Third time was a charm! My manuscript evaluation was provided by Ray Daniel, a Boston author. He pointed out that although my writing is good, and my verbs are strong, I’m asking my reader to hang in with me for a third of the novel before we find out that there is a body. Over the months, I’ve changed my opening scene too many times to count, but Ray’s words made sense to me. I finally got it!

So I flew out of bed early on Sunday morning, rushed to my computer and opened a new file. I pulled Chapter 12 forward, did a bit of tweeking and printed off a new page one. When I arrived at the Dedham Hilton for the final day of the conference, I bumped into Ray within minutes and asked what he thought of the new first page. He gave it a thumbs up…yea!

My writing days will now include not only regular revision, but a re-sequencing of my chapters to move my suspects into the middle.

But, oh,  how exciting this is!

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three women sepiaAn email arrived inviting me to choose my top three agents for the pitching session at the Crime Bake Conference, sponsored by Sisters in Crime New England and Mystery Writers of America during the weekend of Nov 8-9-10.

This year, the organizers are offering eleven agents and editors for our selection process. Bios for them all are provided on the Crime Bake website.

And so my analysis began! I read each bio to discover what sub-genre that agent is seeking at the moment, and their experience in the publishing industry. A follow-up exploration of each corporate websites with a browse through their most recently published authors solidified if they seem to be a good match for my mystery/romance story.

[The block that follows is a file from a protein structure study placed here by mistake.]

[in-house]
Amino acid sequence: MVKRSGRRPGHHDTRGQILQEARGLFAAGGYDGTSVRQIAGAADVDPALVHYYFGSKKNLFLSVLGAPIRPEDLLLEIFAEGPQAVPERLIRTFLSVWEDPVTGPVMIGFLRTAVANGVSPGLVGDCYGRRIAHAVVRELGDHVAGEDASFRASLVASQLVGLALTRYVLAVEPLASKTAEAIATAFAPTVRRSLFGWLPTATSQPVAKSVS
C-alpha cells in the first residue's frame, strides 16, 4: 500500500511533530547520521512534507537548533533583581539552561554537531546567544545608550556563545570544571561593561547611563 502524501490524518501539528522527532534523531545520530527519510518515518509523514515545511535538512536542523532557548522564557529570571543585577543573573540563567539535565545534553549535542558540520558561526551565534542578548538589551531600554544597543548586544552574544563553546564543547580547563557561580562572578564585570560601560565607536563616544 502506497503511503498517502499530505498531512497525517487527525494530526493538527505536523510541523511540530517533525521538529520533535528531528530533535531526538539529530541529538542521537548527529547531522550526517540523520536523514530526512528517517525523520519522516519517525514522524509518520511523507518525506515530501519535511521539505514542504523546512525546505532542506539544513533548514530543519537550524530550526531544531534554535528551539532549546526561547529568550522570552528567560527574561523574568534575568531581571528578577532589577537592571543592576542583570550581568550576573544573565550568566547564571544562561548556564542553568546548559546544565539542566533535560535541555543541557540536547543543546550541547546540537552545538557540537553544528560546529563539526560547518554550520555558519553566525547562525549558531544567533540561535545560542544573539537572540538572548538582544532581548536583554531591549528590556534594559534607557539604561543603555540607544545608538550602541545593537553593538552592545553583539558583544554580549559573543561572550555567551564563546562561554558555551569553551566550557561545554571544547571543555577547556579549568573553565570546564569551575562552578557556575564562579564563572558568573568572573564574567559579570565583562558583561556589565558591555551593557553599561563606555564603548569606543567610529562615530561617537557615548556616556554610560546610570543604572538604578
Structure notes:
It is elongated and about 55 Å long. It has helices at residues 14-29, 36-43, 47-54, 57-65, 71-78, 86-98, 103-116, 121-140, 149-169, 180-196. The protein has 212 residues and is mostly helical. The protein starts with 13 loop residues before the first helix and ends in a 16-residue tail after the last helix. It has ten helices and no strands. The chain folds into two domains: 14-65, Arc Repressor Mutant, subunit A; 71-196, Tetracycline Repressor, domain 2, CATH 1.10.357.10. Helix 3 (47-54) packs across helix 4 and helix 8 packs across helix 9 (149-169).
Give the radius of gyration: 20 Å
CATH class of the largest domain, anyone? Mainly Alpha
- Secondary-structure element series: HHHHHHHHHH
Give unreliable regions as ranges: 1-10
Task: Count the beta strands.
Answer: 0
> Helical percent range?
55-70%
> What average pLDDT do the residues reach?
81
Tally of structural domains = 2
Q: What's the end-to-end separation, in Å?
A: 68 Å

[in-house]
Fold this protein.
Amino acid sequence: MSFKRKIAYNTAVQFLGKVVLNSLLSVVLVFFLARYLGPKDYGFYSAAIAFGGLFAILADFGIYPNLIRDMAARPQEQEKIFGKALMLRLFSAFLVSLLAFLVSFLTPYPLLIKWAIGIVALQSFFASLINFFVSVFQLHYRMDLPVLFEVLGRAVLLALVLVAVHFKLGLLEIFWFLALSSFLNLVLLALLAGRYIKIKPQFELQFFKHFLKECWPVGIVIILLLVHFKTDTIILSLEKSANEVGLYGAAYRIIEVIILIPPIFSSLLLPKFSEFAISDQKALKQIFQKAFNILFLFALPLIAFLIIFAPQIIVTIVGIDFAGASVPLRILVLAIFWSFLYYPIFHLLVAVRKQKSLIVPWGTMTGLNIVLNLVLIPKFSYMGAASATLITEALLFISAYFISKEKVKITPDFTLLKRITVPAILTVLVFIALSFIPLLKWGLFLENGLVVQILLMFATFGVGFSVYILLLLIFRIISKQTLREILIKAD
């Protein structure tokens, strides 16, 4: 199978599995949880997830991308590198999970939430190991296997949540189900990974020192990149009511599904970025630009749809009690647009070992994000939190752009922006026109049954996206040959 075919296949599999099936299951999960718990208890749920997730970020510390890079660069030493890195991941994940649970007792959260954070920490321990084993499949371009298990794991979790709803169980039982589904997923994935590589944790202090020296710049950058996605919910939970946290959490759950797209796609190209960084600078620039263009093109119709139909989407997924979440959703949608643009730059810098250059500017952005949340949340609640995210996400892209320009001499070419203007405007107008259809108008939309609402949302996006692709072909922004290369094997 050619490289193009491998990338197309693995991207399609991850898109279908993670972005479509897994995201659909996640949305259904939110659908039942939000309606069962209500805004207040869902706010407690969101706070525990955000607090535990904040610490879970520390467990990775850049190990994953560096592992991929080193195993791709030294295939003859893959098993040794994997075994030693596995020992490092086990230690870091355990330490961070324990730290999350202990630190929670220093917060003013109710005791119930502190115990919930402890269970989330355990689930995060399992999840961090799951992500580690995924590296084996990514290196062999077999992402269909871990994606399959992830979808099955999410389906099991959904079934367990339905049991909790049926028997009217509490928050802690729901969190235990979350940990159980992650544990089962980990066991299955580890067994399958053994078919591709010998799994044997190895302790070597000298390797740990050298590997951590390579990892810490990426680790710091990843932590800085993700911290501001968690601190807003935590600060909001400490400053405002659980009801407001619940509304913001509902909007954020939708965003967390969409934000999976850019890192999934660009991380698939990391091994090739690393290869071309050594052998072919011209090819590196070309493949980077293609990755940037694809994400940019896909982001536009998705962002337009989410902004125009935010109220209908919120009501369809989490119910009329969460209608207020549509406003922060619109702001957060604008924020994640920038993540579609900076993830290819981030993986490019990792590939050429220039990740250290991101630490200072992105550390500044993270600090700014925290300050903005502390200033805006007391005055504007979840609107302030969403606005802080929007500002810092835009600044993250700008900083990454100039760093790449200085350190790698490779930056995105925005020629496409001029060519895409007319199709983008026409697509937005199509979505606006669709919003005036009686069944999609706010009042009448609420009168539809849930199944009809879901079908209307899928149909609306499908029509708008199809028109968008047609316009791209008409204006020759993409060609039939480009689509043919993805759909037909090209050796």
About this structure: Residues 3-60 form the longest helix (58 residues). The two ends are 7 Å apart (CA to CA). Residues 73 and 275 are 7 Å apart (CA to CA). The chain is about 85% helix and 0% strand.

I settled on my top three, registered my picks via the online form, and will now wait until I register at the conference to find out which one is my assigned agent.

The pitching session will take place on Saturday afternoon during the conference weekend. Those authors who are participating will be collected outside the pitching room, and herded in as a group to spend our five minutes in front of the pour assigned agent. If all goes well, and my pitch includes enough of a hook, the agent may request more of my story. Wouldn’t that be encouraging?

Cross your fingers!

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imagesWell, today was the deadline to submit 15 pages for a manuscript evaluation at the upcoming Crime Bake Conference, sponsored by Sisters in Crime and Mystery Writers of America.